(a tale of the Arabian Nights)
Once upon a time, there lived a very rich man named Farid in Baghdad. For a long time, Farid enjoyed his wealth, but one day he lost all his money. After this, he earned a living by working in the fields. One night, exhausted from his long labors, Farid lay down in bed and began to imagine ways he might find his way back to wealth.
That night in his dream, a voice told Farid he must go to Cairo. “There you will find wealth,” the voice in his dream said.
And so the next morning, Farid set out for Cairo hundreds of miles away. He walked the whole way, and the journey took him many months. At long last he reached the great city. There he took shelter in a mosque.
That night as he was sleeping, a group of thieves walked into the mosque. They wanted to break in to the house next door to the mosque, which was connected by a door.
When the people in the house heard the noise at their back door, they called the police. And when the police reached the mosque, they found only Farid, fast asleep.
“Wake up!” they cried, and though Farid had no idea what was happening, the police insisted he was guilty of attempted robbery. They arrested him, tossed him in the wagon and carried him to prison.
A few days later, Farid was brought before the judge.
“I’m innocent,” Farid told the judge.
“And why have you come to Cairo?” the judge asked.
“I had a dream,” Farid answered. “In my dream, a voice told me if I came to Cairo, I would find my fortune. Alas, my fortune has been arrest and days in prison.”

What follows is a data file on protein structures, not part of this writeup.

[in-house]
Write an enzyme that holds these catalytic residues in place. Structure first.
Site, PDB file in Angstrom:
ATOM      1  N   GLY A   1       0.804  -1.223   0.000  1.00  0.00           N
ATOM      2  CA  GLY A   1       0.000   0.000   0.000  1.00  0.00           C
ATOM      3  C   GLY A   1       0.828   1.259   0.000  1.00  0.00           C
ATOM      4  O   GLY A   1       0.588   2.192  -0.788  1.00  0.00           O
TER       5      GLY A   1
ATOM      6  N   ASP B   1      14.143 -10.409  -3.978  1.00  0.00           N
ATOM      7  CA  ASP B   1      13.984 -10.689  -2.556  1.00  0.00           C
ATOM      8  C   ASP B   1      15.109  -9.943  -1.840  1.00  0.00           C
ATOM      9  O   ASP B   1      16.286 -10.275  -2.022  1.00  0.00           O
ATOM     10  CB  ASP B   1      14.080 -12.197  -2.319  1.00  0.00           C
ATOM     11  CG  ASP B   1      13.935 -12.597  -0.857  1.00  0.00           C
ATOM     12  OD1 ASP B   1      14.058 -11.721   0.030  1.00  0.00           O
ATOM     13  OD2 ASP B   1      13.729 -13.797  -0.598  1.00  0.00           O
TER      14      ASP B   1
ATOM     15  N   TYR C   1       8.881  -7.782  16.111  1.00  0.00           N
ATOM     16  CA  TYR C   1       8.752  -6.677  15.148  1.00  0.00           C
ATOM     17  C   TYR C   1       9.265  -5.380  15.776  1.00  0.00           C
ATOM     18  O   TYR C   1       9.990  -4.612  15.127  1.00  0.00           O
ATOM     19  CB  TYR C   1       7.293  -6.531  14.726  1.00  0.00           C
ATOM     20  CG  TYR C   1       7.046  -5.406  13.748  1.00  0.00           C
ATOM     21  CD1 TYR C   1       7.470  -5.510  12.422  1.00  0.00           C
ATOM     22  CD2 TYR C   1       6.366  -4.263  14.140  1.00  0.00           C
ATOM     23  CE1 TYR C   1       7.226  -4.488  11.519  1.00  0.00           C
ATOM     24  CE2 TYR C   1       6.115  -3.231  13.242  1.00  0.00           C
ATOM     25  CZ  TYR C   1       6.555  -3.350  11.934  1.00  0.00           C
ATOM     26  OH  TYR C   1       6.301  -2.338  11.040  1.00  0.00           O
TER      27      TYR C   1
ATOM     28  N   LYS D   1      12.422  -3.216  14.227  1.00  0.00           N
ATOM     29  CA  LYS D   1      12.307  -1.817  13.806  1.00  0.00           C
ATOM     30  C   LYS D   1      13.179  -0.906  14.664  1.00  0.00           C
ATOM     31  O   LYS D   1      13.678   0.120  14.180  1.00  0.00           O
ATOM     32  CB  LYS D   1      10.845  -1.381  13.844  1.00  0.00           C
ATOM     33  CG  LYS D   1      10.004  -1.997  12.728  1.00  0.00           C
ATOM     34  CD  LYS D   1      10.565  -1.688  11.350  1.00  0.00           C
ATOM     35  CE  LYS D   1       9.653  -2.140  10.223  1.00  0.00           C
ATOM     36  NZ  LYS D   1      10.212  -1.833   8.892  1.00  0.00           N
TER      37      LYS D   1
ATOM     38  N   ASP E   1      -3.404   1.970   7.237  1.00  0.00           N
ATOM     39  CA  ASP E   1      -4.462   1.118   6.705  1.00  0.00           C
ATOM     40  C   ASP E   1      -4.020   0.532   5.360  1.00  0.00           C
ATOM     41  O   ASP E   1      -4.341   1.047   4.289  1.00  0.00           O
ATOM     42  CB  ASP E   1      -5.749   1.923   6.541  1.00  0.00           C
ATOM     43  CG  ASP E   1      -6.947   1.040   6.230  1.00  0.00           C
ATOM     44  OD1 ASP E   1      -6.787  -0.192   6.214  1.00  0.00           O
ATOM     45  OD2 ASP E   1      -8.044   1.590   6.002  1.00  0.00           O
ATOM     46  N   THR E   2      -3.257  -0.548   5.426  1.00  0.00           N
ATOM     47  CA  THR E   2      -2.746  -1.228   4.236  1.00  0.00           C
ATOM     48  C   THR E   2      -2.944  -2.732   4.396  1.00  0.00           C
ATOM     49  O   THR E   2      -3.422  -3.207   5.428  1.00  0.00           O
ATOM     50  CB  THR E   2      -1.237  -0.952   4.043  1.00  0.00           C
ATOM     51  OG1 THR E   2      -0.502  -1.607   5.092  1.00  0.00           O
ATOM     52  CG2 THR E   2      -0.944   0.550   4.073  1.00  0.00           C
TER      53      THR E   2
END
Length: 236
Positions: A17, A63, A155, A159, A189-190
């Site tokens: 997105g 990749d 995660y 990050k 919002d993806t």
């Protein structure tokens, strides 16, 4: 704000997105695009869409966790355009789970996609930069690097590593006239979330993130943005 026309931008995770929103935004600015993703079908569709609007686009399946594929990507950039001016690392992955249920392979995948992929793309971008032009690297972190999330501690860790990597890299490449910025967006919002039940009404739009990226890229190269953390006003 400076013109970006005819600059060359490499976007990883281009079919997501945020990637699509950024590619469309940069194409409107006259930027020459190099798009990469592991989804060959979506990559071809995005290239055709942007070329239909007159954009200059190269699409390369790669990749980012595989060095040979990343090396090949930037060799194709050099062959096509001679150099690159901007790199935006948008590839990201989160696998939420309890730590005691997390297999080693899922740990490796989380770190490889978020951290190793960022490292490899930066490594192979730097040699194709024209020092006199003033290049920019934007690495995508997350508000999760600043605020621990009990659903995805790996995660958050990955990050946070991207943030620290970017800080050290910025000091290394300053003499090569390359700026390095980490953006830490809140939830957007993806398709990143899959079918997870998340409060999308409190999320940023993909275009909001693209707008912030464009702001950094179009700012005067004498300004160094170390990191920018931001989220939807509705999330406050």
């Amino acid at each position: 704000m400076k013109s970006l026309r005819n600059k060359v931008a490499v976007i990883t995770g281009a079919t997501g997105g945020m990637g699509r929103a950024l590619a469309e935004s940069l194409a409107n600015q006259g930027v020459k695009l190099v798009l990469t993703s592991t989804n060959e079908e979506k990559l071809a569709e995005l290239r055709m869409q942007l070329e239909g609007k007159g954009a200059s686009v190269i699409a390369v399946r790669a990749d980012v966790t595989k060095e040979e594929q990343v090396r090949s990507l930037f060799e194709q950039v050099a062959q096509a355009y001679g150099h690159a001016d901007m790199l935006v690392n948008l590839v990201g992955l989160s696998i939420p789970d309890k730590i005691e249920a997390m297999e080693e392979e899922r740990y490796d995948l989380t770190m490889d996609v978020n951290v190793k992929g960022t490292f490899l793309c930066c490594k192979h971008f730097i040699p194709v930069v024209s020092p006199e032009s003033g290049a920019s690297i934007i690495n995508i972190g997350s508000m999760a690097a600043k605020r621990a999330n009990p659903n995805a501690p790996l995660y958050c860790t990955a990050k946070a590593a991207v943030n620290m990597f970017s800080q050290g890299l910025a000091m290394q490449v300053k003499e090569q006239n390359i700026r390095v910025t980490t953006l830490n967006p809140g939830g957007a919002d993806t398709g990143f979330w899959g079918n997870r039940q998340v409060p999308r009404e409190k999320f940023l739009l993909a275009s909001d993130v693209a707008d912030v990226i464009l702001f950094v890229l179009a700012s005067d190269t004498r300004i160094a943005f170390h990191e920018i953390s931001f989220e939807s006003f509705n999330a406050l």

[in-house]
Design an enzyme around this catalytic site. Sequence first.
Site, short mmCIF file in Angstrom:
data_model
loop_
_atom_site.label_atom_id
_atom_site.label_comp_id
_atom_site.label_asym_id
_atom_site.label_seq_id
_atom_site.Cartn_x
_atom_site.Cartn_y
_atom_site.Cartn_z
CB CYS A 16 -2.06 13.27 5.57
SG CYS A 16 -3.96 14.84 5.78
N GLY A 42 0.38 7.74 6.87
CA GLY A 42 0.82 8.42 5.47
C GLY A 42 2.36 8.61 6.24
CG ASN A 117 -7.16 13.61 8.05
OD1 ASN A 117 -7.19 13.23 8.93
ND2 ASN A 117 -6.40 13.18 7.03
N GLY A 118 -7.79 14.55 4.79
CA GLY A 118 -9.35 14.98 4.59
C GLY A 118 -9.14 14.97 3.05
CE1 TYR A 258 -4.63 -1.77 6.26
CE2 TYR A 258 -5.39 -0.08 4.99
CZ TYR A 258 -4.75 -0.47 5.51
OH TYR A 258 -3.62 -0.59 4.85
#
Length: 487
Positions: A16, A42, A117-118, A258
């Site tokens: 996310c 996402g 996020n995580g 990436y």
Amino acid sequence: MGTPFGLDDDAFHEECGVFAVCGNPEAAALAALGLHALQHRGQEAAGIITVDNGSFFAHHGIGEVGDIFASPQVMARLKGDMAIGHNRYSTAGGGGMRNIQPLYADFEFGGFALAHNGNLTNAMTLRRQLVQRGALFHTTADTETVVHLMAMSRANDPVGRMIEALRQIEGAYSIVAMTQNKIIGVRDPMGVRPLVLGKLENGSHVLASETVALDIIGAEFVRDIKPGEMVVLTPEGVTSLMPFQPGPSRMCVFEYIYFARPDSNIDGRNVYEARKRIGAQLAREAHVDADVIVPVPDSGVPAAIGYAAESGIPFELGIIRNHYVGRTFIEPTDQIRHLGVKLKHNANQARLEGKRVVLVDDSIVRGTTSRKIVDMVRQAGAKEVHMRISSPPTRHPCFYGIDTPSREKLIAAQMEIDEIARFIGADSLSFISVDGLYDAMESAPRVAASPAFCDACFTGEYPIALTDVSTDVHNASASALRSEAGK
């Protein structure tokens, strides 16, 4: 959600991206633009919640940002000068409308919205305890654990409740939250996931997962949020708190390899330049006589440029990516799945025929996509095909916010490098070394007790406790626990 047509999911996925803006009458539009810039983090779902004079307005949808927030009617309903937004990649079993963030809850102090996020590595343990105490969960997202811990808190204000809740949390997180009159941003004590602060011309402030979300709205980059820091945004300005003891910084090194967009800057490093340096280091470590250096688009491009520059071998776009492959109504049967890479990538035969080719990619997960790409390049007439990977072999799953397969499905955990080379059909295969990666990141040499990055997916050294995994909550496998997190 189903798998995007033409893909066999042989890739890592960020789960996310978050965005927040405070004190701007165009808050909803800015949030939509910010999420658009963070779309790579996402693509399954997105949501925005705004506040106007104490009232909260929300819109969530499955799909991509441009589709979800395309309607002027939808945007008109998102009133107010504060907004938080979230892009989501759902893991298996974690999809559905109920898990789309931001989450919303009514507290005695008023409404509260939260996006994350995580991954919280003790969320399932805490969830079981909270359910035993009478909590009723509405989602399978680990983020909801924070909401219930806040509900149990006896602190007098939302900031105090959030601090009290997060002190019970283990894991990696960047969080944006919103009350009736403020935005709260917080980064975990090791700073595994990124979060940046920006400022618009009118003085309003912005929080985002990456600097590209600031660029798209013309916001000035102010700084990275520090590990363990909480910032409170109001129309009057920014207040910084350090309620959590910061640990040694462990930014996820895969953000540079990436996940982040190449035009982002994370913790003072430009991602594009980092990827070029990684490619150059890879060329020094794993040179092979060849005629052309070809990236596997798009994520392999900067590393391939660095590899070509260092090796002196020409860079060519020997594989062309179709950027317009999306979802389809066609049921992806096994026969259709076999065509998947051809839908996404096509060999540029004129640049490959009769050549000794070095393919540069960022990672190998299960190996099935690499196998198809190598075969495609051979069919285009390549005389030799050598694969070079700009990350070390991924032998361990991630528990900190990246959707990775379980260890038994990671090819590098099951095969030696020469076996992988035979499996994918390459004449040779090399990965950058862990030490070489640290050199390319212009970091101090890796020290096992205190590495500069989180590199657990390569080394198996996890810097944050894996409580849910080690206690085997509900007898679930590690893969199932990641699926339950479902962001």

The judge stared in wonder at Farid. “You say it was only a dream that led you here?” he said.
“That is true,” Farid said. “I trust my dreams.”
The judge laughed. “Perhaps this experience will teach you to know better,” he said. “I have had such dreams myself.”
“You have?” Farid asked. “What were your dreams?”
“Three times I’ve dreamed of finding a fortune,” he said. “One of my dreams told me to go to Baghdad, as a matter of fact.”
“That is where I live,” Farid said. “Where were you to find your fortune in Baghdad?”
The judge smiled, remembering. “My dream told me to find a sand-colored house with a long front stoop painted red and three palm trees in the front yard. There I would find a great deal of money buried beneath one of the trees.”
Farid nodded, thinking this over. “Which tree?” he asked.
Again the judge laughed. “You are a strange man, indeed. It was the middle tree. And the voice of my dream told me if I traveled to Baghdad and found this house and dug beneath this tree, I would never again have to work.”
“But you didn’t go?” Farid asked.
“I am a wise man,” the judge answered, “and I understood that a dream is an illusion, a sleep-filled fantasy, a magical creation of the overheated mind. I know enough to know that imagination is not reality. So, of course, I didn’t waste my time.”
Farid looked down at the floor. “Perhaps you are right,” he said softly.
The judge shook his head. He felt sorry for this poor man who had already suffered. Clearly he was no thief. He was only a fool. “Dear fellow,” he said, “if you believe the voices of our dreams are real, you have been punished enough by this long, fruitless journey.”
The judge ordered the guards to set Farid free and to give him enough money to return home to Baghdad by caravan.
And so Farid rode the many miles back to Baghdad. Throughout the journey, he dreamed of the judge’s story. That sand-colored house with three palm trees precisely fit the description of Farid’s own house.
When he reached home, he quickly gathered his shovels and spades, and he dug beneath the middle palm tree in his yard.
There he found a box full of gold, enough to live the rest of his days in comfort. Overjoyed by his good fortune, Farid was generous to his friends and neighbors, and he taught others to pay close, careful attention to their dreams.